The London Underground station lies to the north of the mainline station concourse. It is currently the busiest station on the system with around 77 million using the station (not including interchanging passengers) as of 2007, 60.2 million (including interchanges) using the Victoria line platforms.[10]. There are two ticket halls: the newer hall, closer to the mainline station serves the Victoria line; the other, further north serves the District and Circle Lines. The ticket halls are connected by a pedestrian passage beneath the Bus station.

History

The first part of the station was opened on 24 December 1868 by the Metropolitan District Railway (MDR, now the District Line) when the company opened the first section of its line between South Kensington and Westminster stations. The MDR connected to the Metropolitan Railway (MR, later the Metropolitan line) at South Kensington and, although the two companies were rivals, each company operated its trains over the other's tracks in a joint service known as the "Inner Circle".

On 1 February 1872, the MDR opened a northbound branch from its station at Earl's Court to connect to the West London Extension Joint Railway (WLEJR, now the West London Line) which it connected to at Addison Road (now Kensington (Olympia)). From that date the "Outer Circle" service began running over the MDR's tracks. The service was run by the North London Railway (NLR) from its terminus at Broad Street (now demolished) in the City of London via the North London Line to Willesden Junction, then the West London Line to Addison Road and the MDR to Mansion House - the new eastern terminus of the MDR.

From 1 August 1872, the "Middle Circle" service also began operations through Victoria running from Moorgate along the MR's tracks on the north side of the Inner Circle to Paddington then over the Hammersmith & City Railway (H&CR) track to Latimer Road then, via a now demolished link, to the West London Line to Addison Road and the MDR to Mansion House. The service was operated jointly by the H&CR and the MDR.

On 30 June 1900, the Middle Circle service was withdrawn between Earl's Court and Mansion House. On 31 December 1908 the Outer Circle service was also withdrawn.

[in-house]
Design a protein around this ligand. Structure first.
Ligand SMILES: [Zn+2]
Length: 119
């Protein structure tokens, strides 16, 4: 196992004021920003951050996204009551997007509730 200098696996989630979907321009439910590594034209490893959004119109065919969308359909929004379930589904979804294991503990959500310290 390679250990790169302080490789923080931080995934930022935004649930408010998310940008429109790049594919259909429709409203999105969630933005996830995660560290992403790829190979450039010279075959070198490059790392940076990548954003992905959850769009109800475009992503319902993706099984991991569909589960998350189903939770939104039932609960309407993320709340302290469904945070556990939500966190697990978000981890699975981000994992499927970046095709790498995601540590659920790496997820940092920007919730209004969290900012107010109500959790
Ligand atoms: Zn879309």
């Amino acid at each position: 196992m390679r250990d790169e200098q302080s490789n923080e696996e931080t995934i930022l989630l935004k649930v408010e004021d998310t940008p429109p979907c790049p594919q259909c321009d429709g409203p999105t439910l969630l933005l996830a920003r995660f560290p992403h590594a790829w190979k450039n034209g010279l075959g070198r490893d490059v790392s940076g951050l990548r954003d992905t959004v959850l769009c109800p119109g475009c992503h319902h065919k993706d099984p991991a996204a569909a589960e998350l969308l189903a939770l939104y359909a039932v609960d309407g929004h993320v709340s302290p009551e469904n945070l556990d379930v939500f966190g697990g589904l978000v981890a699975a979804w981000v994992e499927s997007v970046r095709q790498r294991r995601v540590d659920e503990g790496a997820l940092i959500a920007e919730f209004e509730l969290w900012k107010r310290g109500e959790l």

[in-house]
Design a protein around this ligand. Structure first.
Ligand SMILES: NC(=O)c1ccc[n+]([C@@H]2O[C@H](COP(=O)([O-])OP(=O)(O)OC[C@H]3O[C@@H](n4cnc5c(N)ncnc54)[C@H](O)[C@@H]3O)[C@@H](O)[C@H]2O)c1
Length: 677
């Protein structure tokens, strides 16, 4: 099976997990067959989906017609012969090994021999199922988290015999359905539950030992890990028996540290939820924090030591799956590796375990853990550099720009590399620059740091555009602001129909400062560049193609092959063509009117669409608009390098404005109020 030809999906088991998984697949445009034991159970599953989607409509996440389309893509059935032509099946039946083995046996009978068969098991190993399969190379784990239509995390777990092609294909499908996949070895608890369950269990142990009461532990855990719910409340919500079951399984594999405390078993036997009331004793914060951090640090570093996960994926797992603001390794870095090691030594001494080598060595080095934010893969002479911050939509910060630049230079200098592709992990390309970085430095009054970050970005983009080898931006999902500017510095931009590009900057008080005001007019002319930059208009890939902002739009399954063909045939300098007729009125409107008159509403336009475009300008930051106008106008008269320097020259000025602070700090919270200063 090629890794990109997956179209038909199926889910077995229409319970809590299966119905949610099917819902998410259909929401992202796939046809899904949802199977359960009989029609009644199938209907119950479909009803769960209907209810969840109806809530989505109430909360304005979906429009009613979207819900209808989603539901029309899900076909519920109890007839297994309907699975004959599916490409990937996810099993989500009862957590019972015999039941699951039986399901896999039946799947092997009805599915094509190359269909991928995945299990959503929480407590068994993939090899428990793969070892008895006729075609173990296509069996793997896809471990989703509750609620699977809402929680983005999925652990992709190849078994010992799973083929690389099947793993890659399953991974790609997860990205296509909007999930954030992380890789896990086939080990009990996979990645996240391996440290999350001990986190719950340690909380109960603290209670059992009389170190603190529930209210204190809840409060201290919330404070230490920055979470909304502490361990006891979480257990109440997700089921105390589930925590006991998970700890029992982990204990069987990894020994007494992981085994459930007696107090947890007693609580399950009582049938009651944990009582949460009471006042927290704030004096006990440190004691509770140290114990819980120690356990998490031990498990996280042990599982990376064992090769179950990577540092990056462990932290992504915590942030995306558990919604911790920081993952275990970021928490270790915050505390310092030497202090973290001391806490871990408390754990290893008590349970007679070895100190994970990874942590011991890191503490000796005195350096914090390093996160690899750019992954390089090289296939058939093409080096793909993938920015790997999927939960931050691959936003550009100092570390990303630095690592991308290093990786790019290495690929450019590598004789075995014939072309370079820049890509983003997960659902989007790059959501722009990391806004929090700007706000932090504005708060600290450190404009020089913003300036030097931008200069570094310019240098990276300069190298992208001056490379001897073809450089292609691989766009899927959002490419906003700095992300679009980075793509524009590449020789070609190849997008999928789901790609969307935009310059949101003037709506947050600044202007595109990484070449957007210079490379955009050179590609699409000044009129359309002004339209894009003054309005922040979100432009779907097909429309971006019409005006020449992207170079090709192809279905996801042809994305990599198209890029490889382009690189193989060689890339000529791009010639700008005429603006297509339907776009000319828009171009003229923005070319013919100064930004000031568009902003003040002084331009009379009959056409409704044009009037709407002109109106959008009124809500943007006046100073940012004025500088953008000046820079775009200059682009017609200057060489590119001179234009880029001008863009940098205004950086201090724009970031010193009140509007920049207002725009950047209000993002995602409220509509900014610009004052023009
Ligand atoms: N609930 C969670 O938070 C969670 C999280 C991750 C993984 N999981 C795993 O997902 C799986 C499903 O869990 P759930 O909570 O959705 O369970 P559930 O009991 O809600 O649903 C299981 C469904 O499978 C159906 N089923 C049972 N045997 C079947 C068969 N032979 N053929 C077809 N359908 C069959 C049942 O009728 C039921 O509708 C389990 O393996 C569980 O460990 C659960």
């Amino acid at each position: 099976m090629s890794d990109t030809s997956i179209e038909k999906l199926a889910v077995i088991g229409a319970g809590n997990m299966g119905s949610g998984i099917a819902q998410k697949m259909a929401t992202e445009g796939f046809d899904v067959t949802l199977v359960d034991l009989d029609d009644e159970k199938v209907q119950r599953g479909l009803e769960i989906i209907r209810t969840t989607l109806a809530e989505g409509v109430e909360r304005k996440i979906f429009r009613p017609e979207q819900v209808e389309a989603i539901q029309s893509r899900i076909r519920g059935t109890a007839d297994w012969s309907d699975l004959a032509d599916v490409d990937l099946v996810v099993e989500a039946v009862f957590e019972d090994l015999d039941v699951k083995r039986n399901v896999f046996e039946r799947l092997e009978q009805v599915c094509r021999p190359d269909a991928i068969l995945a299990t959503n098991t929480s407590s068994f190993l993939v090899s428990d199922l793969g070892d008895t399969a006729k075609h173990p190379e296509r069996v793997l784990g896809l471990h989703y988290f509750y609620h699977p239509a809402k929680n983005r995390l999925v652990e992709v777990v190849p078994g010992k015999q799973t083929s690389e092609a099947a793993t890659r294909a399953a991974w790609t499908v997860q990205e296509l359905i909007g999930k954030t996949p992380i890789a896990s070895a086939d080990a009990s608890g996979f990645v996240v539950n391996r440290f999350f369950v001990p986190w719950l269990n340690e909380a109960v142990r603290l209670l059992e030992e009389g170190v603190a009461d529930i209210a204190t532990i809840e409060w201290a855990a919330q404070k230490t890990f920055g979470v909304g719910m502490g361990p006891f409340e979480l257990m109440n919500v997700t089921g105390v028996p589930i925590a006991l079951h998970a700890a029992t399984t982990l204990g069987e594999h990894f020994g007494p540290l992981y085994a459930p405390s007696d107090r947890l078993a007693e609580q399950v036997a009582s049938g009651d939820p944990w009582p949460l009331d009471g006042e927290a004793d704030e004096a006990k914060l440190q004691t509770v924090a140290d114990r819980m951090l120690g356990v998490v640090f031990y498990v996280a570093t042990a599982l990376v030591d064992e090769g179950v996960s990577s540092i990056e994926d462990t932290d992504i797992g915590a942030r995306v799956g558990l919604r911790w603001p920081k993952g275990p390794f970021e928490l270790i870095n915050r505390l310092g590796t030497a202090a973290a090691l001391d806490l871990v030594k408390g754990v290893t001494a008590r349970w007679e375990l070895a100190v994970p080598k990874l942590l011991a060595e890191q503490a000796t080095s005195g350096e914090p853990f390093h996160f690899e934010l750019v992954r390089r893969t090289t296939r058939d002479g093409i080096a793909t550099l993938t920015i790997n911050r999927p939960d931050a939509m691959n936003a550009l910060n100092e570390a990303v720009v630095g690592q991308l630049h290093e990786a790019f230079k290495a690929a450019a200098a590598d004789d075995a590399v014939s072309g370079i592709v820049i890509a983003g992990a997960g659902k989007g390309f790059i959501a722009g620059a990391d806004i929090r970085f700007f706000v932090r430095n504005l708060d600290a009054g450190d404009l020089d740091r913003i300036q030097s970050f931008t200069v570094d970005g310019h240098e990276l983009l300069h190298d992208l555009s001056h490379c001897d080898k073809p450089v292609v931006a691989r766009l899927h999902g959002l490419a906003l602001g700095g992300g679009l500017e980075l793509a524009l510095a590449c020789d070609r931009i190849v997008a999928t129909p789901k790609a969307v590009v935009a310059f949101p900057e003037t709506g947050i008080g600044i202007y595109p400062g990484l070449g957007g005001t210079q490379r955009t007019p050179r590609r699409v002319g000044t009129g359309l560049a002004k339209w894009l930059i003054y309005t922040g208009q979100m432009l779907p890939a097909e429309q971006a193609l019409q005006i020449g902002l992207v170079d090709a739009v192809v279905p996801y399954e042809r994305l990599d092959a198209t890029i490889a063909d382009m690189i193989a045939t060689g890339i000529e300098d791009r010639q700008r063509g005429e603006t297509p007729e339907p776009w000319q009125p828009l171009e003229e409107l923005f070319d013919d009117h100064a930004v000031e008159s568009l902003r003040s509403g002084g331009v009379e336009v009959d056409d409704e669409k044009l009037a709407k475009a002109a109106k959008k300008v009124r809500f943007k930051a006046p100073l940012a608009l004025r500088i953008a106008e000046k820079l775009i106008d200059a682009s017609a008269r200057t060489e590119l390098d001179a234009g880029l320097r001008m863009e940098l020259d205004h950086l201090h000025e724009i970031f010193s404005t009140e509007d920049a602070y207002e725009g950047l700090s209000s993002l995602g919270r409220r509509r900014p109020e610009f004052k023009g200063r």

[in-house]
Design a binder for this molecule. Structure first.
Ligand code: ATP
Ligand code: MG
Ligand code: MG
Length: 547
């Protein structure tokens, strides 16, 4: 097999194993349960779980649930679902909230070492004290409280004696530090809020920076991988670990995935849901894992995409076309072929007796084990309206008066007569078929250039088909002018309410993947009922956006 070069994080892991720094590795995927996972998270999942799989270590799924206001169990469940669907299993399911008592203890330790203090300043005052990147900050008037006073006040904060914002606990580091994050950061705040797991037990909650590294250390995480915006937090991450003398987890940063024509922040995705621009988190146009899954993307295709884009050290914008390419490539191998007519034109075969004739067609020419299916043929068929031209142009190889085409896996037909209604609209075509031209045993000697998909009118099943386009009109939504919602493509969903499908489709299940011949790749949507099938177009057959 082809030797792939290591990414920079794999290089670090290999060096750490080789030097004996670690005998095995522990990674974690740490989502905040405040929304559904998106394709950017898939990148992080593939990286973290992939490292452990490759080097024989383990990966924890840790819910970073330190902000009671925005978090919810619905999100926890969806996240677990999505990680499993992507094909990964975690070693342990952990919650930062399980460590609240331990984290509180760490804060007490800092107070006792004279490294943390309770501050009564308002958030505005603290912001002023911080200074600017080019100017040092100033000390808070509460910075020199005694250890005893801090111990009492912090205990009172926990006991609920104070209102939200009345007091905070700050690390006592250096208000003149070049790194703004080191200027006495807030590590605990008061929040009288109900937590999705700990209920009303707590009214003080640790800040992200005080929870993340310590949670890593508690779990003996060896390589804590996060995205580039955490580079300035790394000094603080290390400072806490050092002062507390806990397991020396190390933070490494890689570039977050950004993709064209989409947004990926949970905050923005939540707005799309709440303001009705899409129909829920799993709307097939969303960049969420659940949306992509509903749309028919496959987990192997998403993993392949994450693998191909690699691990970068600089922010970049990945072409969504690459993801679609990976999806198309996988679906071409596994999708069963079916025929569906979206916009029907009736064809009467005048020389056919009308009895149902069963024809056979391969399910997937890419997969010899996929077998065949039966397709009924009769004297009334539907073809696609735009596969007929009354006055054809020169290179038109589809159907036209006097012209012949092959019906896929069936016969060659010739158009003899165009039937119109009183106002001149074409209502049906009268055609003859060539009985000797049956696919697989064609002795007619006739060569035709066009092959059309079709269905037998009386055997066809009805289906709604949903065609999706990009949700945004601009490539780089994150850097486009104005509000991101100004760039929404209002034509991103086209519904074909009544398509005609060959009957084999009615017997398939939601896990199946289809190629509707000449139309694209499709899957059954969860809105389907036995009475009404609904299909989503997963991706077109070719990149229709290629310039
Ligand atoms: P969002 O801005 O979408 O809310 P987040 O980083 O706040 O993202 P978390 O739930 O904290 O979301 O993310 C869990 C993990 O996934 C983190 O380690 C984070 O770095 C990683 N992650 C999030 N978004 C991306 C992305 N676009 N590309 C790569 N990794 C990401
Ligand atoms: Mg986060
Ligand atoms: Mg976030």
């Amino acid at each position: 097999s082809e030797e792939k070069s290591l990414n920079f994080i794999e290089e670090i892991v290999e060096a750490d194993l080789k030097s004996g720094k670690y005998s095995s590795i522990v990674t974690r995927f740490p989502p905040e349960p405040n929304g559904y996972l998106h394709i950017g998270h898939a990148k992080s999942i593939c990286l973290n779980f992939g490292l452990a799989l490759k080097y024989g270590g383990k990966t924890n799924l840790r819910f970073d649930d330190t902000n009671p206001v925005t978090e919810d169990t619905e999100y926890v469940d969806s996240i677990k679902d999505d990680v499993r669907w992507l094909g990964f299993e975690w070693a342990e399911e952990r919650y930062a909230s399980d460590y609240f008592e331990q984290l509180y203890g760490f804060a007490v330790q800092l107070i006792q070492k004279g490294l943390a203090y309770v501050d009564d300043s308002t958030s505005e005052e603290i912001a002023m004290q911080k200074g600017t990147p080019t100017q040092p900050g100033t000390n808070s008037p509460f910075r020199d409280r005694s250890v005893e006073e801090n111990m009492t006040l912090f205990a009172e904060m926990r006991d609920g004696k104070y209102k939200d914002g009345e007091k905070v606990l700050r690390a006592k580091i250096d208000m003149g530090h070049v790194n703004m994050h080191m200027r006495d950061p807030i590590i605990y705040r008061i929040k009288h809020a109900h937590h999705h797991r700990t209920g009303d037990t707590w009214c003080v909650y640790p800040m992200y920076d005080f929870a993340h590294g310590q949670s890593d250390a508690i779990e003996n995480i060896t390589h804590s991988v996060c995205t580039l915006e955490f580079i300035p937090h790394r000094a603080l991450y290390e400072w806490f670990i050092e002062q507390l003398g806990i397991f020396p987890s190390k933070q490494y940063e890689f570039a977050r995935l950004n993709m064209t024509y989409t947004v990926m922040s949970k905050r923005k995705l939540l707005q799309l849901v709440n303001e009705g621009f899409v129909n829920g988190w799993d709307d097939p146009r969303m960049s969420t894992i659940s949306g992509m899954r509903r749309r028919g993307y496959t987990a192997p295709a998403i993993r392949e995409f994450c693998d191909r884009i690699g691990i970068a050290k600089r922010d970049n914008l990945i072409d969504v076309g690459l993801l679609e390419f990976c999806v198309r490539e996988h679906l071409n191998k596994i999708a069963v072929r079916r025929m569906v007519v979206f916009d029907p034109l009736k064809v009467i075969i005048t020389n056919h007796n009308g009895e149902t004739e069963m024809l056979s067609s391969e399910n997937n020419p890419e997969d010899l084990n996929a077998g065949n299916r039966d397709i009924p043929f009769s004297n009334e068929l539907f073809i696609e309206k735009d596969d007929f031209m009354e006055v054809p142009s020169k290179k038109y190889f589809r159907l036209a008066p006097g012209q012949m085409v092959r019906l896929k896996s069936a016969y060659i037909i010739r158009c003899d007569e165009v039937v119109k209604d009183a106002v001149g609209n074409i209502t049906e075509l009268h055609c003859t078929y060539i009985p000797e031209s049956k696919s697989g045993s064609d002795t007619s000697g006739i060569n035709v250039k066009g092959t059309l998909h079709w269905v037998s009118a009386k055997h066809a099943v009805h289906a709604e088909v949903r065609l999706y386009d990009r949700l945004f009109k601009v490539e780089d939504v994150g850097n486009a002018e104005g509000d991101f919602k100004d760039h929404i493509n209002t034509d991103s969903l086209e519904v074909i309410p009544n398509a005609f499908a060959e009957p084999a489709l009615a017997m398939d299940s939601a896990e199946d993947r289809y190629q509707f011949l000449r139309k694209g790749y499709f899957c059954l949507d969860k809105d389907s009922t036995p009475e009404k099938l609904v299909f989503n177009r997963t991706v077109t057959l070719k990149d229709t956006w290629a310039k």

The original MDR station was rebuilt at the beginning of the 20th century initially as a single storey structure. An office building was constructed above it later.

In 1949, the Metropolitan Line operated Inner Circle route was given its own identity on the tube map as the Circle Line.

The new Victoria line station was opened on 7 March 1969 when the third phase of the line began operating south of Warren Street. Initially, Victoria served as the temporary terminus of the line whilst the final phase was under construction to Brixton. Services to Brixton began operating on 23 July 1971.

Future

Victoria is a proposed stop on the Chelsea-Hackney line also known as Crossrail 2.[11][12][13] The route was safeguarded in 1991[14] and 2007 and any rebuilding of the station will have space for Crossrail 2 platforms.[15] In the safeguarded route it was between Chelsea and Piccadilly Circus.

Preceding station   Underground no-text.svg London Underground   Following station
towards Hammersmith
Circle line
towards Edgware Road
District line
towards Upminster
towards Brixton
Victoria line

Current situation

The station is now the busiest on the London Underground system, serving nearly 80 million passengers per year. The station was not built for this number of passengers, which results in severe overcrowding. To prevent any dangerous situations like crowds pushing people off the platforms onto the track, crowd control measures are in place at the busiest times. This effectively means closing all the entrances to the Underground platforms and operating as an exit-only station until the overcrowding is relieved. These measures can last anywhere between a couple of minutes (when minor delays are occurring) up to several hours (during major incidents).